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14-05-2019 | Uitgave 11/2019

Journal of Abnormal Child Psychology 11/2019

Using Repeated-Measures Data to Make Stronger Tests of the Association between Executive Function Skills and Attention Deficit/Hyperactivity Disorder Symptomatology in Early Childhood

Journal of Abnormal Child Psychology > Uitgave 11/2019
Michael T. Willoughby, Amanda C. Wylie, Clancy B. Blair
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The online version of this article (https://​doi.​org/​10.​1007/​s10802-019-00559-w) contains supplementary material, which is available to authorized users.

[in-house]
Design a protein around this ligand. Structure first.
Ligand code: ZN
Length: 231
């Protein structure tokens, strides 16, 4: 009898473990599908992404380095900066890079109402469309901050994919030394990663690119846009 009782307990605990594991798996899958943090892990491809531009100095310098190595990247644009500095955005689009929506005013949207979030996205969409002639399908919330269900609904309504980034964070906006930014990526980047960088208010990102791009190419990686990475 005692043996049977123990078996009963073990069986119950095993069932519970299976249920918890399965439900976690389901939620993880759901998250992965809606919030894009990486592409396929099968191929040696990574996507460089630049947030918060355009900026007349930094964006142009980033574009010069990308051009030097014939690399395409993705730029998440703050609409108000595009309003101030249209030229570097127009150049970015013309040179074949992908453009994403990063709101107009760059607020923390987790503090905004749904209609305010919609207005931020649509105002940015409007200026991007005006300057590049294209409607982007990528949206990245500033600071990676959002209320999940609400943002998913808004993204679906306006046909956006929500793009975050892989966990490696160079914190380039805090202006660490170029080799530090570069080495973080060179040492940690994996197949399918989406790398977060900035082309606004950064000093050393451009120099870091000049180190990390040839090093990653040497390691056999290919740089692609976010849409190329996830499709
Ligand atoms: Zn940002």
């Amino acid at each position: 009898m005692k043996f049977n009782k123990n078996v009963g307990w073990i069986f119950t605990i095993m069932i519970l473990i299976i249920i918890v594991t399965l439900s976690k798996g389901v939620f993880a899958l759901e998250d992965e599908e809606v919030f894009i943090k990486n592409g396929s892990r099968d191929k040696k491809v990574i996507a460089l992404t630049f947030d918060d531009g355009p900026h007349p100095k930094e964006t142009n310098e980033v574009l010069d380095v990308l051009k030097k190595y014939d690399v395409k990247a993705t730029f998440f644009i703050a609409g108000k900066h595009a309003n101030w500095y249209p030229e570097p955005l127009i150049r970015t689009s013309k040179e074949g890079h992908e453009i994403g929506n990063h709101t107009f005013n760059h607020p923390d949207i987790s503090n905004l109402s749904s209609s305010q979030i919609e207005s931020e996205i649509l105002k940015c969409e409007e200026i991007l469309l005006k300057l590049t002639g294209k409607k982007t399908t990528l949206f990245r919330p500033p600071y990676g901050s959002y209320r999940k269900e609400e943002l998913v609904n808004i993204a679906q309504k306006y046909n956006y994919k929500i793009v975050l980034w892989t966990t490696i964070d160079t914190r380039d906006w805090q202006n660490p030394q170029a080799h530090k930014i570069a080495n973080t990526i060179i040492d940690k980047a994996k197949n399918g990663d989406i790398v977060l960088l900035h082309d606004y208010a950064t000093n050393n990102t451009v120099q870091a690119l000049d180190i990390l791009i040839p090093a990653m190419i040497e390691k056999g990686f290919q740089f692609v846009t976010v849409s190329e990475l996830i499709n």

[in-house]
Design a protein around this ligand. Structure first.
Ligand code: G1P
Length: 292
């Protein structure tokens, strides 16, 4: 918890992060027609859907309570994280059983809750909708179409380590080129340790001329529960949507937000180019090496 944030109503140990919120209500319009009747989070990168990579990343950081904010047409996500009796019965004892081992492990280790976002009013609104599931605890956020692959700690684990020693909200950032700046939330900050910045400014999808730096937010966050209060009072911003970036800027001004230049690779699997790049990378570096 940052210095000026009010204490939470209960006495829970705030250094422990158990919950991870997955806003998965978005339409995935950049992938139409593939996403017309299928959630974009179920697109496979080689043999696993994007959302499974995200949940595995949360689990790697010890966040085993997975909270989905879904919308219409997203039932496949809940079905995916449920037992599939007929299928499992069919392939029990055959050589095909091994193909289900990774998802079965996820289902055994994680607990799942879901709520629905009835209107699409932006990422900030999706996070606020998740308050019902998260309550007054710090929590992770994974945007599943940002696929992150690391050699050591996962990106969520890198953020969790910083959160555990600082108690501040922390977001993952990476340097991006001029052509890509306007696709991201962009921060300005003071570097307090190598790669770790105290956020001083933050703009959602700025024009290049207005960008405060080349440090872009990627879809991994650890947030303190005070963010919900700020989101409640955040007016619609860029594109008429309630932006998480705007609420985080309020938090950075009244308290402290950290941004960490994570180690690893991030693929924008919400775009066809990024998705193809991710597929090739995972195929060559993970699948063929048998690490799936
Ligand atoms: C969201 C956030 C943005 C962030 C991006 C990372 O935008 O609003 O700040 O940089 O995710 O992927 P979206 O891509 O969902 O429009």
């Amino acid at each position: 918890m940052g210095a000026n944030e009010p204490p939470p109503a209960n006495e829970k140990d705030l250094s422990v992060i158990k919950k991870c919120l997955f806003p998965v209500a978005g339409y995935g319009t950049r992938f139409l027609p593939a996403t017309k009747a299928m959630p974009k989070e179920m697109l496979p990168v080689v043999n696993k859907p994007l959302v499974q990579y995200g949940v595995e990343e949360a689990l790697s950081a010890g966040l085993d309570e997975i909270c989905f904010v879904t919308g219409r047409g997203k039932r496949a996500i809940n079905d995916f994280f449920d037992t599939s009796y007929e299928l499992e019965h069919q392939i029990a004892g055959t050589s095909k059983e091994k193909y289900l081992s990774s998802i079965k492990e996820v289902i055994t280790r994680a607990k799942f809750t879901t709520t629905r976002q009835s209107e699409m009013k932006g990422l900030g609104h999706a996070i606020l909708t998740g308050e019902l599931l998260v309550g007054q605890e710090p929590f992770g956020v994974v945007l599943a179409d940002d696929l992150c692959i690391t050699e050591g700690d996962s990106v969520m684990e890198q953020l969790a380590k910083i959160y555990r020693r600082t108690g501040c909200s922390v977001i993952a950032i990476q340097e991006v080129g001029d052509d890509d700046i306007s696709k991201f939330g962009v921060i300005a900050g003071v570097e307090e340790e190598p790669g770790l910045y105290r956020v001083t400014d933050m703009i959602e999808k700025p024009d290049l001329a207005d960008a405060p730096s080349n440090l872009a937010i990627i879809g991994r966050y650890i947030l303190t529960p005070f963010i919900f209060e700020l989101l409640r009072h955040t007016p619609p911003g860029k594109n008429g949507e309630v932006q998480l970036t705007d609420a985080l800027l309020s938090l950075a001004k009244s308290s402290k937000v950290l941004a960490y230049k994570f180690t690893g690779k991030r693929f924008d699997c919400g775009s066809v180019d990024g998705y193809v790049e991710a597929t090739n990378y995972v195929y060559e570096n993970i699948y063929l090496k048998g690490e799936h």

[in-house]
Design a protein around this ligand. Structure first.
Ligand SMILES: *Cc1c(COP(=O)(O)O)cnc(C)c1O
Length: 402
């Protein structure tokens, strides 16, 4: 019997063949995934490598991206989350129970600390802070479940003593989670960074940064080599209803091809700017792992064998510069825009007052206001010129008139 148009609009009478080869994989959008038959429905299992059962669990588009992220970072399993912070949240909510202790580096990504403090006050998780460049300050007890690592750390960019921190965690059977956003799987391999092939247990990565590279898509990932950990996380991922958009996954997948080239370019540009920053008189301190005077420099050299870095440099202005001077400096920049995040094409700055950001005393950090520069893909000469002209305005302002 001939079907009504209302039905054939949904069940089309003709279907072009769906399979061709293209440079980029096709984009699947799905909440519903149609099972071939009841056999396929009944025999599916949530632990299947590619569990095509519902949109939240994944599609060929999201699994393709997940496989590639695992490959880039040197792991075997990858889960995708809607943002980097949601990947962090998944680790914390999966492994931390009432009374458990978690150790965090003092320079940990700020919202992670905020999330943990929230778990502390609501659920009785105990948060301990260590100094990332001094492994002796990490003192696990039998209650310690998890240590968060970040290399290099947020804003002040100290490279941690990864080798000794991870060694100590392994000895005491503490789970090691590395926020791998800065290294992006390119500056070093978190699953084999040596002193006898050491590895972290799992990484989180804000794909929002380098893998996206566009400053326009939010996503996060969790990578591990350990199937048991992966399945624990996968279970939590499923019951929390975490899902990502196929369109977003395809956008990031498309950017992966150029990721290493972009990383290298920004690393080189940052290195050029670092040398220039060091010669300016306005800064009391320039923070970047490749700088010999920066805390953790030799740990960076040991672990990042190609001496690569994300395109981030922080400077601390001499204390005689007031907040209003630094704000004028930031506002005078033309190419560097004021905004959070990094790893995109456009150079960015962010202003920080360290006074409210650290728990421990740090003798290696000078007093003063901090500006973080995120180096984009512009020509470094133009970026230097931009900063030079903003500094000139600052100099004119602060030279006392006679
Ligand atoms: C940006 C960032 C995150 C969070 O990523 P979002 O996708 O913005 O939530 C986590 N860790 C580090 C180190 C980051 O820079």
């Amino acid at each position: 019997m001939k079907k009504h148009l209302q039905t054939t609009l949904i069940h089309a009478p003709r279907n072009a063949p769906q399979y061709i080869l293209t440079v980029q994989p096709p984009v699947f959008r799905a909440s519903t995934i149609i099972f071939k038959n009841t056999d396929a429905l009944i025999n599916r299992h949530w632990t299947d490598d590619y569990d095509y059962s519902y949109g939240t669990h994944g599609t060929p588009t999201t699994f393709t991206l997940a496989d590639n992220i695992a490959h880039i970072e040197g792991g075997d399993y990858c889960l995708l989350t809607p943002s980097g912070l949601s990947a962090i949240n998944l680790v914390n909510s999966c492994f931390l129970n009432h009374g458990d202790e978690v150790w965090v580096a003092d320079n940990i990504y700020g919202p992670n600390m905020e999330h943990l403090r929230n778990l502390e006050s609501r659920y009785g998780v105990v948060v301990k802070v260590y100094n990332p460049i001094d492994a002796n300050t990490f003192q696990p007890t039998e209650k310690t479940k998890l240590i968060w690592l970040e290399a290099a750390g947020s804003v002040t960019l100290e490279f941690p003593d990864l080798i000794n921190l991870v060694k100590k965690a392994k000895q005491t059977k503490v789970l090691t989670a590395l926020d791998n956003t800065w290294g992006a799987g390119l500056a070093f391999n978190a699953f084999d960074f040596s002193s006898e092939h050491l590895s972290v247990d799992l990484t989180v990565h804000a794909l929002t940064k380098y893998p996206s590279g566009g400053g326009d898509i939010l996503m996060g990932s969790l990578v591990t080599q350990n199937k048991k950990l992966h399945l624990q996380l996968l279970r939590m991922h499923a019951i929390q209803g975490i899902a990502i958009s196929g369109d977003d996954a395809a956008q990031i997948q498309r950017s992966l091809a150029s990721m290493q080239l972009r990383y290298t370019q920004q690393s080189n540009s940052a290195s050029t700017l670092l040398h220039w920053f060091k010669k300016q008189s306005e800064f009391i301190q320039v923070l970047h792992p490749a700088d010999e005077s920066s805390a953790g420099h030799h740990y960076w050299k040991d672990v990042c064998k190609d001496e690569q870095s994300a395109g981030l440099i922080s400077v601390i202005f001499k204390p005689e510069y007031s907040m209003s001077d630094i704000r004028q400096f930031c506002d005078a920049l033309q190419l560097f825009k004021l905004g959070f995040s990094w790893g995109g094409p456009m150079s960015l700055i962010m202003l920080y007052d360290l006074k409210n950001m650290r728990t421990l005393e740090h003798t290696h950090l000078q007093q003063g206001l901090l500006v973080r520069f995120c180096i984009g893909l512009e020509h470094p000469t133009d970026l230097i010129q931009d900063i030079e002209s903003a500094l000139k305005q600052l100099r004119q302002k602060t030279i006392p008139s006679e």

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Theoretical models of Attention deficit/hyperactivity disorder (ADHD) have long implicated executive function (EF) skills as contributing to the etiology, maintenance, and changes in ADHD symptomatology over time. Although there is interest making within-person inferences (i.e., deficits in EF skills give rise to ADHD behaviors), most of the evidence has been derived from studies that conflated between- and within-person sources of variance. Here, we use repeated-measures data to test within-person association between EF skills and ADHD behaviors. Participants included 1160 children from the Family Life Project, an ongoing prospective longitudinal study of child development in low-income, nonmetropolitan communities. We tested the magnitude of the association between EF skills and ADHD behaviors when children were 3, 4, and 5 years old. Consistent with meta-analyses, unadjusted bivariate associations between EF and ADHD (which reflect combined between- and within-person variation) were of moderate magnitude (rs = −0.20 to −0.30). However, after controlling for all time-invariant, between-person sources of variation, the within-person associations between EF skills and ADHD behaviors were weak (βs − 0.04 to −0.05, ps = 0.01). These results suggest that EF skills may contribute less prominently to ADHD behaviors in early childhood than is commonly assumed and provoke broader questions about developmental models of ADHD.

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